The government should take stock of plans to rebuild England's secondary schools before rushing into a series of costly mistakes, MPs have warned.
The government says it is improving procedures
The Commons Education Committee says there are risks linked to the method chosen to fund half the £45bn rebuild - the private finance initiative (PFI).
Three PFI schools are closing because of a lack of pupils, but councils are still contracted to pay the bills.
The government said it had learnt lessons and was improving procurement.
The report - Sustainable schools: Are we building schools for the future? - says: "We are aware of three instances where PFI funded schools have closed or are closing, leaving the relevant authorities with continuing financial commitments."
This is because PFI building and maintenance contracts, through which the majority of schools are to be rebuilt under the Building Schools for the Future (BSF) programme, can last 20 or 30 years.
The schools are East Brighton College of Media Arts, Bishops Park College in Clacton, Essex and Balmoral High School in Belfast.
In Brighton the local authority had to pay £4.5m to release itself from the contract.
In Belfast the local council is committed to paying £370,000 a year for the next 20 years and the Clacton school which opened in 2002 cost £25m.
The committee says ensuring that a contract covers all the possibilities that might arise in the 25 years or so it is set to run is "virtually impossible".
Under the programme's original timetable, 100 schools would have been built by September 2007 but only a handful are likely to be ready.
The MPs highlight problems with the procurement process - which is likely to be run by head teachers and council officials.
One witness to the committee, David Kester of the Design Council, said: "Half the problem we have here is that this is the first big capital project that most clients have ever run at this level."
The committee questions whether spending £45bn on "hardware" - school buildings - rather than "software" - people and practices - is right, when the crucial factor in improving attainment is the educational experience.
It says it is not clear what education should look like in the 21st Century and asks the government to provide a "clear statement" of national ambitions.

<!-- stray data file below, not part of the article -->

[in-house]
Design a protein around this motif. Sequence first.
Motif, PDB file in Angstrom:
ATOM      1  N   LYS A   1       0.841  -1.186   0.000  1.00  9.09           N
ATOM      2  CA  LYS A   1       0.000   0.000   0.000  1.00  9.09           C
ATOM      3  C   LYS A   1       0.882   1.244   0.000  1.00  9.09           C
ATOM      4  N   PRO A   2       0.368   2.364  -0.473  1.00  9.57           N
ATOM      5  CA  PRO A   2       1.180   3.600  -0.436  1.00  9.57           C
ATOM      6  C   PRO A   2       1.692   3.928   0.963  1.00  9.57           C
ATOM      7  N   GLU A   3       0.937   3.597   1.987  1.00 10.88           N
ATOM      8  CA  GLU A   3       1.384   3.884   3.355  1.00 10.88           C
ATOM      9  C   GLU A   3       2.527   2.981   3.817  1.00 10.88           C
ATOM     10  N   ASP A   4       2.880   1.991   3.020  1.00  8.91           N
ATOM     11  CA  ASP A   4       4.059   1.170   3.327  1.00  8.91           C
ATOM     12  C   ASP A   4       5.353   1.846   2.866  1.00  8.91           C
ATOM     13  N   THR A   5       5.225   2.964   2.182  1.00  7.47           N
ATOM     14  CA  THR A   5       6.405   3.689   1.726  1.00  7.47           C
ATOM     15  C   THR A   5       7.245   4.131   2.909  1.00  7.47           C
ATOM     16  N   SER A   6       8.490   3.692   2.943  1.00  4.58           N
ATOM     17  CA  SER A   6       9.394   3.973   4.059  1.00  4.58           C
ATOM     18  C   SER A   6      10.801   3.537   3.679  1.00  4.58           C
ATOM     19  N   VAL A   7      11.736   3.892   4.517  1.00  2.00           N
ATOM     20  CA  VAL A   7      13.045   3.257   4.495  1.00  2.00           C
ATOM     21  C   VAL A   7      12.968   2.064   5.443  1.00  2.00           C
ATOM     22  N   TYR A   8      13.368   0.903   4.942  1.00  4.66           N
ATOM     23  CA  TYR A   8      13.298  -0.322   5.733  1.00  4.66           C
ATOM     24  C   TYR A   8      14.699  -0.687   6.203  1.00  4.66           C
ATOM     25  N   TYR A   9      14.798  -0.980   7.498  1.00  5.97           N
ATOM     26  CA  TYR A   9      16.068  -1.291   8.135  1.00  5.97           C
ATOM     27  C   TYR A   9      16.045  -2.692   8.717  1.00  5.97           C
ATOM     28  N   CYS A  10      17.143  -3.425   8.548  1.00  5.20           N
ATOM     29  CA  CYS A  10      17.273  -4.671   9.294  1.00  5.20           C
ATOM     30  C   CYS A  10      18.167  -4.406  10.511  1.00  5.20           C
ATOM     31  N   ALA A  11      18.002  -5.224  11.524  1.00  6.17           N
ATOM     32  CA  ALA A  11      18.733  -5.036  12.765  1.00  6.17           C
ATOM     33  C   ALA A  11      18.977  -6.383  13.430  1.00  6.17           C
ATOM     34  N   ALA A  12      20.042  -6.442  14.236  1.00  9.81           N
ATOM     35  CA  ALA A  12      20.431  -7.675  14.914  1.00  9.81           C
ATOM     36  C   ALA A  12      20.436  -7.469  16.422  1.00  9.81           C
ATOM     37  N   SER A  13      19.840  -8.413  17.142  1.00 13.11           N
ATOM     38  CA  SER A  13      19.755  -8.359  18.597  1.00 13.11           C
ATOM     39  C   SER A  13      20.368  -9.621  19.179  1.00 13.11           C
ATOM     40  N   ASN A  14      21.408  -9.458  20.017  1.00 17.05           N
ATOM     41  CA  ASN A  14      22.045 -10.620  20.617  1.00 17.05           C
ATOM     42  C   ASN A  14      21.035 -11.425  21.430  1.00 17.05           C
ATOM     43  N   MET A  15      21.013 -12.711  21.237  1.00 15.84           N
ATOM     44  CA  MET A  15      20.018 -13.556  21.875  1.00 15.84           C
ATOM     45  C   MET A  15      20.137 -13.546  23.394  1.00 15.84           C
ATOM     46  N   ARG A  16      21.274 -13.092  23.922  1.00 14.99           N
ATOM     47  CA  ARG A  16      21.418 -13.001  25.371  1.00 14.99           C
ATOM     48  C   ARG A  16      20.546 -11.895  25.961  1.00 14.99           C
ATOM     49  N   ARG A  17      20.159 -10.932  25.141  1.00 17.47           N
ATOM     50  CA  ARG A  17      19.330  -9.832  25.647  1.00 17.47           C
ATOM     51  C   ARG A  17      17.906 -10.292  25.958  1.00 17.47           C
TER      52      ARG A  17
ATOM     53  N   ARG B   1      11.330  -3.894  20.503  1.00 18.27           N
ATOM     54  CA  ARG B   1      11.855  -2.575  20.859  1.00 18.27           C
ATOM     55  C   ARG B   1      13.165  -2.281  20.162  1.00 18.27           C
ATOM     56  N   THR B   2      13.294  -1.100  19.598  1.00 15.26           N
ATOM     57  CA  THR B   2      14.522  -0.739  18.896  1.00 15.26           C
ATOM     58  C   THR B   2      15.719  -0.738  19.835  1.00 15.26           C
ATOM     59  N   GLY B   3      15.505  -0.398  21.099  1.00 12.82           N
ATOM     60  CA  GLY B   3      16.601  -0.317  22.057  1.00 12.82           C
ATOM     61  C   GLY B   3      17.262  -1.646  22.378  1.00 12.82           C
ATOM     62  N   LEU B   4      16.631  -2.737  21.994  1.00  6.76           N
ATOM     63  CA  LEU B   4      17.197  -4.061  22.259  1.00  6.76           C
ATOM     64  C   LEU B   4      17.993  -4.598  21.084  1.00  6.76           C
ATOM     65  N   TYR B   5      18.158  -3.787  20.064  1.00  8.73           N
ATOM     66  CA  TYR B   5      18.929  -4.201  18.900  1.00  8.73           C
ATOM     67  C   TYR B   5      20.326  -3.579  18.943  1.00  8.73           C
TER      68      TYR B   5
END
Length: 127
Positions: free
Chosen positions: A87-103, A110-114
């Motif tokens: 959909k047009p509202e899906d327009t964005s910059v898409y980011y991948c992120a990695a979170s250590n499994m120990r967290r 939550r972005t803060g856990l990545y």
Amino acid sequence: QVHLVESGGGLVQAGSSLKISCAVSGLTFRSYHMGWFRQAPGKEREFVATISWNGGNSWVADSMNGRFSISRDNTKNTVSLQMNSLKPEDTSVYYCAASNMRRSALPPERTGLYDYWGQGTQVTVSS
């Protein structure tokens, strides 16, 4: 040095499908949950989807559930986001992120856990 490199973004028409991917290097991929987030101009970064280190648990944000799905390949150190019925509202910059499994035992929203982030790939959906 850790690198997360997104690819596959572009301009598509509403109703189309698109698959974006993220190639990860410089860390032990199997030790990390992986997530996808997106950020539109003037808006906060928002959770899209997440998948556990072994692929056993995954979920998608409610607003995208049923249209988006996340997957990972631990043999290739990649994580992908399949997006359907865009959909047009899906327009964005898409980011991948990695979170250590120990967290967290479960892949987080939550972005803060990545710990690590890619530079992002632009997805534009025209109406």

The report also says that once resources have been provided to areas with low levels of attainment, investment in buildings could be reviewed.
"That might be the point at which BSF could be drawn to a close and a different approach to capital and other investment in schools could be adopted," the report concludes.
Committee chairman Barry Sheerman said the project was hugely ambitious and welcome but said: "The question whether BSF is the best way to spend £45bn on education must be kept under regular review."
The director of the British Council for School Environments, Ty Goddard, who contributed to the inquiry, said the report was a clear call for leadership from the government.
Children's Minister Kevin Brennan said: "We welcome the committee's recognition that we are right to take the time to get it right and learn lessons from the early stages.
"We have always been clear that we would develop and adapt the programme so that's why we will continue to put in place a quicker, smarter and more efficient procurement and planning system to deliver these projects on time and on budget."
Tim Byles, chief executive of Partnerships for Schools, the government agency responsible for delivering Building Schools for the Future said lessons had been learned from early PFI schemes.
He said robust planning over pupil numbers was an integral part of any local authority's preparation for BSF.
"Before funding is even granted, authorities have to be very clear on their projected pupil places for a 10 year period for the whole of their estate."
Liberal Democrat schools spokesman Stephen Williams said ministers must not fall into the trap of believing that flagship schools alone would transform educational standards.
"Pupils need inspiring teachers and a relevant curriculum as well."
The Association of Teachers and Lecturers (ATL) said pupils and teachers should be given more say in the design of their schools.